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U.S. DEPARTMENT OF THE INTERIOR,
OFFICE OF THE SECRETARY,
Washington, D.C., February 27, 1973. Hon. Herry M. JACKSON, Chairman, Committee on Interior and Insular Affairs, U.S. Senate, Washington, D.C.
DEAR MR. CHAIRMAN: Enclosed are the answers to the questions in attachment "B" to your letter of May 17, 1972 relating to leasing and disposal policies for energy resources on the public lands. We are preparing a separate set of responses for Indian lands and will forward them as soon as possible. Sincerely yours,
KEN M. BROWN, Legislative Counsel. (Subsequently, a response was received for Indian lands which appears on p. 651.) ANSWERS TO QUESTIONS SUBMITTED BY HENRY M. Jacksox, CHAIR
MAX, COMMITTEE OX INTERIOR AND INSULAR AFFAIRS TO THE DEPARTMENT OF THE INTERIOR ON ENERGY LEASING AND DISPOSAL AND Policy ISSUES (ATTACHMENT “B”)
PART I-A. LEGAL AND MANAGEMENT REGIMES Describe briefly the legal and management regime governing the development of energy resources on U.S. public lands (including acquired lands and Indian lands).' The responses should include, but not necessarily be limited to, answers to questions:
Question 1. What constitutes the principal legal authority under which each resource is developed ?
Answer 1. (a) The Outer Continental Shelf Lands Act of August 7, 1953 (67 Stat. 462; 43 U.S.C. Secs. 1331-1343), constitutes the legal authority under which the mineral resources of the OCS may be developed.
(6) The Mineral Leasing Act of February 25, 1920, as amended and supplemented (30 U.S.C. Secs. 181–287) and the Aequired Lands Leasing Act of August 7, 1947 (30 U.S.C. Secs. 351-359) constitute the principal legal authority under which onshore oil and gas, coal and lignite, oil shale and tar sands may be developed.
(c) The Geothermal Steam Act of 1970 (30 U.S.C. Secs. 10011025) constitutes the legal authority under which geothermal resources may be developed.
(d) The Mining Law of 1872 (30 U.S.C. Secs. 21-51) constitutes the legal authority under which uranium on public domain lands may be developed. Uranim on AEC withdrawn lands may be leased by the Atomic Energy Commission under the Atomic Energy Act of 1954 as amended (42 U.S.C. 2097). Uranium deposits on certain acquired lands may generally be leased by the Department with the consent of the surface management agency.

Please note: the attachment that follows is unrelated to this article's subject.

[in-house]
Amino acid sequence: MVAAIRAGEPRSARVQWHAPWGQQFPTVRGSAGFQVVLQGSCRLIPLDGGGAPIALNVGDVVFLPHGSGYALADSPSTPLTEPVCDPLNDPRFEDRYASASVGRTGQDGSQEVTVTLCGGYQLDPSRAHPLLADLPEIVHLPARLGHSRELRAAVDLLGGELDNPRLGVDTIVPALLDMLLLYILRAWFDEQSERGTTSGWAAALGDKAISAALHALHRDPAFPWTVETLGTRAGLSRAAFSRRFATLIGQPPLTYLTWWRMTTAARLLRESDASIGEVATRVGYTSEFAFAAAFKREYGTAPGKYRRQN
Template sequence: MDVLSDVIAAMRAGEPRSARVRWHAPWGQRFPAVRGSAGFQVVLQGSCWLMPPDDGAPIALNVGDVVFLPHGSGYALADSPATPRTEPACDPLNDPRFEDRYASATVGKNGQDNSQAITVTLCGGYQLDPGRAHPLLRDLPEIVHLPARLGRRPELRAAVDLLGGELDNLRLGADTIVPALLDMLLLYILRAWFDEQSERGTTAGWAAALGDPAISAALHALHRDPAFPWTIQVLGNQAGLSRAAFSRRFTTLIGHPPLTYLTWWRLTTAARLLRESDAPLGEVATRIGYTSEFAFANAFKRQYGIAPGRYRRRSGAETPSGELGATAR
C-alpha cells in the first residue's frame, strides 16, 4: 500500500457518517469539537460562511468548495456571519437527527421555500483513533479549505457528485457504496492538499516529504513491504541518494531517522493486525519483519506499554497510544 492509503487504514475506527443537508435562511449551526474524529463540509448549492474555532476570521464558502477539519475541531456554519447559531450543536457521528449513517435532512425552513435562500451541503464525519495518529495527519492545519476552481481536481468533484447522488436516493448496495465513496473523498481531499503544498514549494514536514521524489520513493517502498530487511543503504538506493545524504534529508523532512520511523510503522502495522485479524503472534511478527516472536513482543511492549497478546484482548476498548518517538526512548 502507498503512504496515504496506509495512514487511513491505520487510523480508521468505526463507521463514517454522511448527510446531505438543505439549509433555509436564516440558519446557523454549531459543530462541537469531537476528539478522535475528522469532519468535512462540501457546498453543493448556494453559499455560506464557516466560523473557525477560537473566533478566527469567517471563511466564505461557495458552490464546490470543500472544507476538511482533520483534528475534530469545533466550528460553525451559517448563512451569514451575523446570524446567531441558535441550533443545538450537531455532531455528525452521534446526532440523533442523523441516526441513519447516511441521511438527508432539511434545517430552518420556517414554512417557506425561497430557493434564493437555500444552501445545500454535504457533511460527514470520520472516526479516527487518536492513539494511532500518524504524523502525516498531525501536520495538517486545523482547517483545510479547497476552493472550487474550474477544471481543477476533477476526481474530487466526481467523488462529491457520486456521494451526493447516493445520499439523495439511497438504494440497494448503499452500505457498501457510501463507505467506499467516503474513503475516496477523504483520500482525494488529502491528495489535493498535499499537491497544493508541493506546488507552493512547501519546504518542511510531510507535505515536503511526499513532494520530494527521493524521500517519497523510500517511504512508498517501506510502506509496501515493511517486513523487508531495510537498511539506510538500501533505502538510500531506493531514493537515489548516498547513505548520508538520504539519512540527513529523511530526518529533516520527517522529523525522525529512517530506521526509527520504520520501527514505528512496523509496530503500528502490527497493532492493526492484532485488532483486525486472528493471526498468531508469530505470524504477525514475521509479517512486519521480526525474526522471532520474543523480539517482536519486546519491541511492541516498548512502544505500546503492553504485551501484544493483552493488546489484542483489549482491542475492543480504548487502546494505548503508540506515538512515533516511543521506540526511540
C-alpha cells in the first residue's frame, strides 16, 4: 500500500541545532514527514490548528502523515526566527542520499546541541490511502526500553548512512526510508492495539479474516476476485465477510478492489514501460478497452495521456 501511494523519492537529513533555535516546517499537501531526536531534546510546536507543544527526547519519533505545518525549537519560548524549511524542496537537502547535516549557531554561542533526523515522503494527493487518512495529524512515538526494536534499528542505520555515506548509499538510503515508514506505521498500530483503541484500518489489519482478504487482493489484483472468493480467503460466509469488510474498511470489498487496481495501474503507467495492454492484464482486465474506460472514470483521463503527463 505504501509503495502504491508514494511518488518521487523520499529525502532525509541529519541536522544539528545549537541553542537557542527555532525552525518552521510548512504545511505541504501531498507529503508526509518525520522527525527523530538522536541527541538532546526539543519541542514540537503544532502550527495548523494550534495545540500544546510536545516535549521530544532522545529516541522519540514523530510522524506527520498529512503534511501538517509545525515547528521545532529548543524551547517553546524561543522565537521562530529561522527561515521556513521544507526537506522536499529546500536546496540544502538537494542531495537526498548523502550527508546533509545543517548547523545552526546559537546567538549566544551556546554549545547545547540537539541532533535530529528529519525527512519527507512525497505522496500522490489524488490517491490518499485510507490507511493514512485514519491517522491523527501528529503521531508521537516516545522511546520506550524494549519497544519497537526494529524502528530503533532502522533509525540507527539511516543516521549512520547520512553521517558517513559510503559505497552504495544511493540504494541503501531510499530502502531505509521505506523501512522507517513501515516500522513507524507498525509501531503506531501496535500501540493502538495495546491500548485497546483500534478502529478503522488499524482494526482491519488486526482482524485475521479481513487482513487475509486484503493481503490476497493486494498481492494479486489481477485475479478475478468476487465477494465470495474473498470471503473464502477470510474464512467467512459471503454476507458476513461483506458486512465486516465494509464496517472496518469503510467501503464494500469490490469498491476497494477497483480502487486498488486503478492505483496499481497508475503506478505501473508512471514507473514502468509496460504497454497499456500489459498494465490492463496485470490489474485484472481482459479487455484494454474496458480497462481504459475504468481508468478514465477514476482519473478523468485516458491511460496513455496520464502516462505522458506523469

Question 2. What are the principal goals and objectives of the government with respect to the management of each resource?
(a) To what extent is each goal or objective specifically set out in law, or adopted at the discretion of the Department?
(6) To what extent is each goal or objective compatible with other objectives for the management of individual resources (For example, how are encouragement of current development, conservation of supplies for future use and maximization of government revenues reconciled?)
(c) What is the basis for any difference in goals or objectives with respect to different energy resources?
(d) To what extent do the goals and objectives of the principal legal authorities under which individual energy resources are managed require review and amendment to make them consistent
with today's energy requirements ? Answer 2. The Department of the Interior's major goals and objectives with respect to the management of the publicly owned mineral resources are:
(1) To assure orderly and timely resource development; (2) To protect the environment;
(3) To insure the public a fair market value return on the disposition of its resources. (a) The above goals and objectives are based on the consideration of all the terms and conditions of relevant laws including:
(1) The Outer Continental Shelf Lands Act of August 7, 1953 (43 U.S.C. 88 1331-1343);